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Found 43 results

  1. With the current pandemic I decided now was as good of a time as any to get some matrix from the Aguja Formation with the help of PaleoTex! This turned out to be a great decision as I was extremely lucky, finding about basically everything I wanted to, and more in only 5 pounds of matrix! I'll be sure to post pictures but I got numerous amia and gar teeth, along with atleast 36 gar scales. Tons of Crocodile teeth including a large Deinosuchus tooth. Several shark teeth and a partial hybodus spine, also several brackish water pycnodontid teeth and tooth pallets. 4 fish or salamander jaws with teeth. Regarding dinosaur teeth I got 17 Hadrosaur teeth, including 2 partially rooted. A partial Ankylosaurus tooth. 4 Therapod teeth including a perfect Saurornitholestes tooth and a Premax. My favorite find however was the Paronychodon tooth I found! I'll be posting that picture first! Highly recommend this matrix, but I was also told that most people don't find all this stuff, so keep that in mind aswell. Stay safe! Happy hunting! (ID's for these specimens done by lab manager)
  2. I’m hoping someone on here has some spare matrix from the Mississippian Golconda Fm in southern Illinois. The roadcuts near Anna and Vienna are pretty well known (I know a few members here have hunted there), but at over 6 hours away it’s a bit too long of a trek for me right now. A recent paper on microfossils from there piqued my interest and I’d like to try and process matrix to search for some. If you have any, PM me and we can work something out.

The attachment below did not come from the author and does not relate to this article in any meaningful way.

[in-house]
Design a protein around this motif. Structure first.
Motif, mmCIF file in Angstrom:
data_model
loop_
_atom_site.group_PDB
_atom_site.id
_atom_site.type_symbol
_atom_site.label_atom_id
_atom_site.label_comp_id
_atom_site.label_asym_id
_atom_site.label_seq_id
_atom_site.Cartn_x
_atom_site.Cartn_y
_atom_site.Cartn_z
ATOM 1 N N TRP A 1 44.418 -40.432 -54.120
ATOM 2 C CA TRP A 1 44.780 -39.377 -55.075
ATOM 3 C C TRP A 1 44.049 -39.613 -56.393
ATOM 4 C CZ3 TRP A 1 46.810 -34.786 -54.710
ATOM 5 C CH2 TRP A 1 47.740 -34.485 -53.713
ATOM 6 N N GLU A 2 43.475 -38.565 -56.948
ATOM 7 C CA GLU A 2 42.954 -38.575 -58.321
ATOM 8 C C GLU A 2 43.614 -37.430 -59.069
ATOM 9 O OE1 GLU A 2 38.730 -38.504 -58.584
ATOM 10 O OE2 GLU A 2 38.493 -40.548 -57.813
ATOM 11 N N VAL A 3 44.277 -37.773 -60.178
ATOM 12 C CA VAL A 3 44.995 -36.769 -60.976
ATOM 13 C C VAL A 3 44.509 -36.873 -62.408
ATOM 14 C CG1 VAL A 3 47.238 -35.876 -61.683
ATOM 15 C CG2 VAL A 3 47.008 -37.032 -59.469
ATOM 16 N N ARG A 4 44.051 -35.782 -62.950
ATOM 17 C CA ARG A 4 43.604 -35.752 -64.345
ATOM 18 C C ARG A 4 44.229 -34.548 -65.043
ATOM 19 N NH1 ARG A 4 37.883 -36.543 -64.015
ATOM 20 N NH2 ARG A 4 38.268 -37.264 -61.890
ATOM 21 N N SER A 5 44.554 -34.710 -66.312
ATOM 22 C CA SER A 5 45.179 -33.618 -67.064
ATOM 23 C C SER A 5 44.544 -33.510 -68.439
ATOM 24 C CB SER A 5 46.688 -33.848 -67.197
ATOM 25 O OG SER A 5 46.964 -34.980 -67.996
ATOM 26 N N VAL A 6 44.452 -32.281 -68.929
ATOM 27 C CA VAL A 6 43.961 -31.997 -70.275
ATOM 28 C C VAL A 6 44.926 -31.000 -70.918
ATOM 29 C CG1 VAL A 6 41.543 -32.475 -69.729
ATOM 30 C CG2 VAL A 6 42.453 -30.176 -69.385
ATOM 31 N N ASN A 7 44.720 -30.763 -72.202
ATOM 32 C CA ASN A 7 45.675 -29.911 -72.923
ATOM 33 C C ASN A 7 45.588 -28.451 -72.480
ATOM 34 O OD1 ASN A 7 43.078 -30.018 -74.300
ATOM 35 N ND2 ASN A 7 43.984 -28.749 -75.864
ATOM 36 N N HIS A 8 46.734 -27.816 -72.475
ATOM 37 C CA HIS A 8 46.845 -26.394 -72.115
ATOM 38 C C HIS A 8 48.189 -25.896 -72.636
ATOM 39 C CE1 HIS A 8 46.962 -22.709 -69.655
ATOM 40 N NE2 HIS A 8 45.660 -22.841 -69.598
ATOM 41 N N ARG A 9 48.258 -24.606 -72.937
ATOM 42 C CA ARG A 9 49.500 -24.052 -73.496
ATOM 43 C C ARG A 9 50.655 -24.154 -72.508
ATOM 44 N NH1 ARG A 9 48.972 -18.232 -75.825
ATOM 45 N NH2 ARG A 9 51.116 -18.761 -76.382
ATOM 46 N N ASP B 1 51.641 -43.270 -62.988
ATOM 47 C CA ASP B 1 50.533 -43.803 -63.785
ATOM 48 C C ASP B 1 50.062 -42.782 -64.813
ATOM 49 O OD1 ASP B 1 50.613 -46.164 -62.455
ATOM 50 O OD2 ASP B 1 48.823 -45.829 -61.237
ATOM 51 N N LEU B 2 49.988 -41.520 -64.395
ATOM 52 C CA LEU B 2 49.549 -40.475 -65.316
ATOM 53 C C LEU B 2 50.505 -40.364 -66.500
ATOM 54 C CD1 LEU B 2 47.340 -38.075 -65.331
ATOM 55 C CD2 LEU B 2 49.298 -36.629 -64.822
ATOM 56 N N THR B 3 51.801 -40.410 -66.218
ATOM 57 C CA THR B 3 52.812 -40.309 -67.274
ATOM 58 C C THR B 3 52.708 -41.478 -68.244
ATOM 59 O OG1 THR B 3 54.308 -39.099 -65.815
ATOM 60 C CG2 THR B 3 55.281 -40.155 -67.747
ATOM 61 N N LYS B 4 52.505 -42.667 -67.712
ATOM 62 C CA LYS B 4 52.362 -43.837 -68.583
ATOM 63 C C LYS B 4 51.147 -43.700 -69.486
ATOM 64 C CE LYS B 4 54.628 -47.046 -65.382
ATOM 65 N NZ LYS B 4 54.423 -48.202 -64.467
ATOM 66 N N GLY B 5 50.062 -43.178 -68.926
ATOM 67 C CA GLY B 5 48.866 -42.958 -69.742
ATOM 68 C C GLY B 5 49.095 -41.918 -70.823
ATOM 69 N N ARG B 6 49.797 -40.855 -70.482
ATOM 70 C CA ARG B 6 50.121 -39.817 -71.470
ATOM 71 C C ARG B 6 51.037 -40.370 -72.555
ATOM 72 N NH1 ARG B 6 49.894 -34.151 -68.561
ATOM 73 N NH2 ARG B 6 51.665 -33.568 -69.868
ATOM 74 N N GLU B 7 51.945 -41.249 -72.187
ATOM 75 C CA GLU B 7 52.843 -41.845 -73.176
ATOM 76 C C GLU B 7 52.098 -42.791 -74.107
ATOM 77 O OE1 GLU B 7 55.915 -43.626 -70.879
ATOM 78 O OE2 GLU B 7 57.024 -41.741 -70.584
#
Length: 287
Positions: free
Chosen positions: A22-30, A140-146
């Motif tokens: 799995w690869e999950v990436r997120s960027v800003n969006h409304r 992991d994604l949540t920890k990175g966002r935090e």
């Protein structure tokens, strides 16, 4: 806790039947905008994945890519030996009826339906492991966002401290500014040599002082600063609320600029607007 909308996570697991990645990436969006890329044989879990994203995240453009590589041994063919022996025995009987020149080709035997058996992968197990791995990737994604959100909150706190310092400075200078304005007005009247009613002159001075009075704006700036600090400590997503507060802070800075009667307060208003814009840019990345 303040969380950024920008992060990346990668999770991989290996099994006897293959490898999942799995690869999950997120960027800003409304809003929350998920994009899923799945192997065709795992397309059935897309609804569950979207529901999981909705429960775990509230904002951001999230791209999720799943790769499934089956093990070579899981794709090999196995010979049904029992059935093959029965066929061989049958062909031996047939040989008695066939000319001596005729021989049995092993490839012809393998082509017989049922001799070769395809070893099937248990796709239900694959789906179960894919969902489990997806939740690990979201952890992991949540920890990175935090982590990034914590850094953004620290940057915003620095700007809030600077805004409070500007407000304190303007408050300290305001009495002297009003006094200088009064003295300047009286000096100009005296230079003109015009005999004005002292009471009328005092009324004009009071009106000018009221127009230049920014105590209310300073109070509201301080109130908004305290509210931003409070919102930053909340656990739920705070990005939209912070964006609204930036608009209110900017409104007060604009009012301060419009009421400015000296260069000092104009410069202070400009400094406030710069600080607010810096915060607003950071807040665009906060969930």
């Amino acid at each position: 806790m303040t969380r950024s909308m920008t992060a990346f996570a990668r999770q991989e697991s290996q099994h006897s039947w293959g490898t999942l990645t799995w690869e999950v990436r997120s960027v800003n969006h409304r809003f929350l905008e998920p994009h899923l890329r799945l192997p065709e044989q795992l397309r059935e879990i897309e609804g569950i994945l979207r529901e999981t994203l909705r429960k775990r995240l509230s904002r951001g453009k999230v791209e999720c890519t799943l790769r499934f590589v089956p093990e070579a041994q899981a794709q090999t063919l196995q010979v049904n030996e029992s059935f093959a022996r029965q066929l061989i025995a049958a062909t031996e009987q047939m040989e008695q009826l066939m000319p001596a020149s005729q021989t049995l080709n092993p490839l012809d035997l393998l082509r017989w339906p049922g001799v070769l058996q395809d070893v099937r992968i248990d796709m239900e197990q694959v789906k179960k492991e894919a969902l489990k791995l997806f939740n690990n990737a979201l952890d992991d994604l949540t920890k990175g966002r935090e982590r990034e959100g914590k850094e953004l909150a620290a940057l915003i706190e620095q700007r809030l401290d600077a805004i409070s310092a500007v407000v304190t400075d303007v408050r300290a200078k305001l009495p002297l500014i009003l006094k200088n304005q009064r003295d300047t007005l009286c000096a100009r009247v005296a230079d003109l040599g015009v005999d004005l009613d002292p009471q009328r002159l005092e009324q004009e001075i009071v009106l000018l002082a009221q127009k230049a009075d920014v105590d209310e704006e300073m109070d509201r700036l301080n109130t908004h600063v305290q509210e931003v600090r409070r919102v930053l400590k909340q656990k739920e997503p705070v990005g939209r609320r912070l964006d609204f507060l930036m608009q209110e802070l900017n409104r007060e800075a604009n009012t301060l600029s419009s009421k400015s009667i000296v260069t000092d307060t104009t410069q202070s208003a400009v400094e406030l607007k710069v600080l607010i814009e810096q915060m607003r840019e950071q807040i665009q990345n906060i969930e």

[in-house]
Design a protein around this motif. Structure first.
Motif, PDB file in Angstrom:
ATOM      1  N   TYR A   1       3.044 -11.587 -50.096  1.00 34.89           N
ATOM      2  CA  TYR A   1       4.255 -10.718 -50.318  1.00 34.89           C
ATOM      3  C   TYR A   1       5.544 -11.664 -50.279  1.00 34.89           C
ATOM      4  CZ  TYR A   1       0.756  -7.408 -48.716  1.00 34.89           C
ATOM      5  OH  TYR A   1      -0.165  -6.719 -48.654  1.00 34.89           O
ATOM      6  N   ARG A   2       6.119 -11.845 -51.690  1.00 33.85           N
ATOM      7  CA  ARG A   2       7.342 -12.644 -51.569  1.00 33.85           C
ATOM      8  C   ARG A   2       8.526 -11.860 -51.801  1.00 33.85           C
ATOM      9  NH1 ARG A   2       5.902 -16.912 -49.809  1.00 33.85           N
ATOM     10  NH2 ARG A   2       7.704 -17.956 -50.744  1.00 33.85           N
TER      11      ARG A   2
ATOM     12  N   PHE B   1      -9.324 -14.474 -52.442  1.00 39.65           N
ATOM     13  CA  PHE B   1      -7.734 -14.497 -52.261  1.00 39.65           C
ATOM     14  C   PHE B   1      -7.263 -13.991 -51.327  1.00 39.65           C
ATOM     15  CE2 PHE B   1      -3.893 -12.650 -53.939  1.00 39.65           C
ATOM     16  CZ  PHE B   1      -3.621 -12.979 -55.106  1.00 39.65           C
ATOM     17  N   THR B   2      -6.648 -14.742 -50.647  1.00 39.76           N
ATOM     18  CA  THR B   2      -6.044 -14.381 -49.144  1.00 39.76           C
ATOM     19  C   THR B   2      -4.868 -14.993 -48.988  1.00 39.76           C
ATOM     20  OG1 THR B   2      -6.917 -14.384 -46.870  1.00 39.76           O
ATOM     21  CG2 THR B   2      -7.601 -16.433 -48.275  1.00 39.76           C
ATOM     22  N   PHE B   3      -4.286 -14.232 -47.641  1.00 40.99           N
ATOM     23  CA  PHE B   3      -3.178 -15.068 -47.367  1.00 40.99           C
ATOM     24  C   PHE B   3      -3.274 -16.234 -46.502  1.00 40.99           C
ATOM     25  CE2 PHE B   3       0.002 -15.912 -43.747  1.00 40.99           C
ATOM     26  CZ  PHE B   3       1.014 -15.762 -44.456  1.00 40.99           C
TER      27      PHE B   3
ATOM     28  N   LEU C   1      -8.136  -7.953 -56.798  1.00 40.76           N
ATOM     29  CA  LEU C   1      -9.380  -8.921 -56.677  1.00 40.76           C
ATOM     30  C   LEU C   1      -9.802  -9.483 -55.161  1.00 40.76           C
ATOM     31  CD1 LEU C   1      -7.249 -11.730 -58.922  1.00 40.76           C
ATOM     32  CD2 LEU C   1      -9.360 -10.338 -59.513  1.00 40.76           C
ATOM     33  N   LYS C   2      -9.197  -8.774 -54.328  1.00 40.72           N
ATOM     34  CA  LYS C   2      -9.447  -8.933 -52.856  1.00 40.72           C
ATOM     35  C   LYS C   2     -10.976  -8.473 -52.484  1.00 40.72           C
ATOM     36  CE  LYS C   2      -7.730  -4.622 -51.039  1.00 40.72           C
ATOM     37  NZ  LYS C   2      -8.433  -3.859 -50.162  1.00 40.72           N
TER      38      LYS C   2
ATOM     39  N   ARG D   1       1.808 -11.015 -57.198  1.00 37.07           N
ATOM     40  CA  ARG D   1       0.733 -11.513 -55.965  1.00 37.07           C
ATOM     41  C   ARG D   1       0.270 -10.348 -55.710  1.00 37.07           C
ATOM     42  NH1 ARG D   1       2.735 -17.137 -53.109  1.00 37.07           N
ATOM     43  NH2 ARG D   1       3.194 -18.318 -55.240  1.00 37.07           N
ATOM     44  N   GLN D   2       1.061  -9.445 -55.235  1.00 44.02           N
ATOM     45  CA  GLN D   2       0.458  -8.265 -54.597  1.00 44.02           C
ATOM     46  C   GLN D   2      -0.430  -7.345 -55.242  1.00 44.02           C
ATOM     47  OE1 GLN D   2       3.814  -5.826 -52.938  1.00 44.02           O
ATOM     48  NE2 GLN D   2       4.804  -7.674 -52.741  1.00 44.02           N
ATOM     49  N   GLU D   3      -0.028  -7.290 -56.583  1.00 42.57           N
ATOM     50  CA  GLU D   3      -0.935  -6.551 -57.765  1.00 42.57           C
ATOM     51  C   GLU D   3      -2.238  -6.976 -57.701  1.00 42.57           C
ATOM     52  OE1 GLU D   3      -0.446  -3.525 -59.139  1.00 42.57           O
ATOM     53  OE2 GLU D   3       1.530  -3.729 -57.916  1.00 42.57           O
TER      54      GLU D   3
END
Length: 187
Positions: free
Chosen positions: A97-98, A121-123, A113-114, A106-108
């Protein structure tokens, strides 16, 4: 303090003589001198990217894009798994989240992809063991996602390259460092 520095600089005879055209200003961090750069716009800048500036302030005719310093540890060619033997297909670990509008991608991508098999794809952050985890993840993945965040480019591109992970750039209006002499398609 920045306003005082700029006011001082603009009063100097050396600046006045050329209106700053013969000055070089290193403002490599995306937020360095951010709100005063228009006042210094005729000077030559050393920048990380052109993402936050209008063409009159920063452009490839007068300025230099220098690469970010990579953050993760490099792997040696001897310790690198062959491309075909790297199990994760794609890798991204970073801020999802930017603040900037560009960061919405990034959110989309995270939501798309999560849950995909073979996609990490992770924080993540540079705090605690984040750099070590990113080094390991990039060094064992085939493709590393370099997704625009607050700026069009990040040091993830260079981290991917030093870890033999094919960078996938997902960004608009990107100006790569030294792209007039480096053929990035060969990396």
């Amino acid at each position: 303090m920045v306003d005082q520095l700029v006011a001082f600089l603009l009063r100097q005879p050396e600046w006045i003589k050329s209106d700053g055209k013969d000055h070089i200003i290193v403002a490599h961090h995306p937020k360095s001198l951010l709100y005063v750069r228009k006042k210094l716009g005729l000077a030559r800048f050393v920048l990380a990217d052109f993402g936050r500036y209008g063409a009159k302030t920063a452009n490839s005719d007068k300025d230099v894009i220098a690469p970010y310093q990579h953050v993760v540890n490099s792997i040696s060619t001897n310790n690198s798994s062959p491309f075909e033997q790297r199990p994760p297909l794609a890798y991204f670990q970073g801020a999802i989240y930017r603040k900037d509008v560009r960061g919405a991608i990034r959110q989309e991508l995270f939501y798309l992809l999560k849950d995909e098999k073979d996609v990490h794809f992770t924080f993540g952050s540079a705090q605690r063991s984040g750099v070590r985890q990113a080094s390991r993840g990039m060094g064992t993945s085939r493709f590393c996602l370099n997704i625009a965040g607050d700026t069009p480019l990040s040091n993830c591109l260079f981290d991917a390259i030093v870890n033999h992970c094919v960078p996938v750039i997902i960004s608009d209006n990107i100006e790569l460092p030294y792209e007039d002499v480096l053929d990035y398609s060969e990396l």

3. Mazon Creek Microfossils

    I had a few duds pop open yesterday but saw one had a tiny speck of something on it, no more than a millimeter long. I had my digital microscope out for other microfossiling activities and decided to take a look. Nothing super interesting, just a tiny plant fragment. But it did get me curious if anyone has done micropaleontology work on Mazon Creek material? I would think there would be quite a bit to explore, but that said I've never really seen the topic mentioned. The only microfossil I've seen discussed from Mazon Creek is a species of ostracod, but usually the only specimens you see are nodules containing hundreds of ostracods as they are readily apparent to the naked eye in that case.
  4. I have shown several of these things to a number of micro-paleontologist, paleontologist, geologist and marine biologist and no one seems to know for sure what these specimen are. They were found in a sandstone boulder with bivalves fossils, they range in size from about 3mm to about 0.20mm. I'm told that they are most likely a new foraminifera species. Anyone have a clue???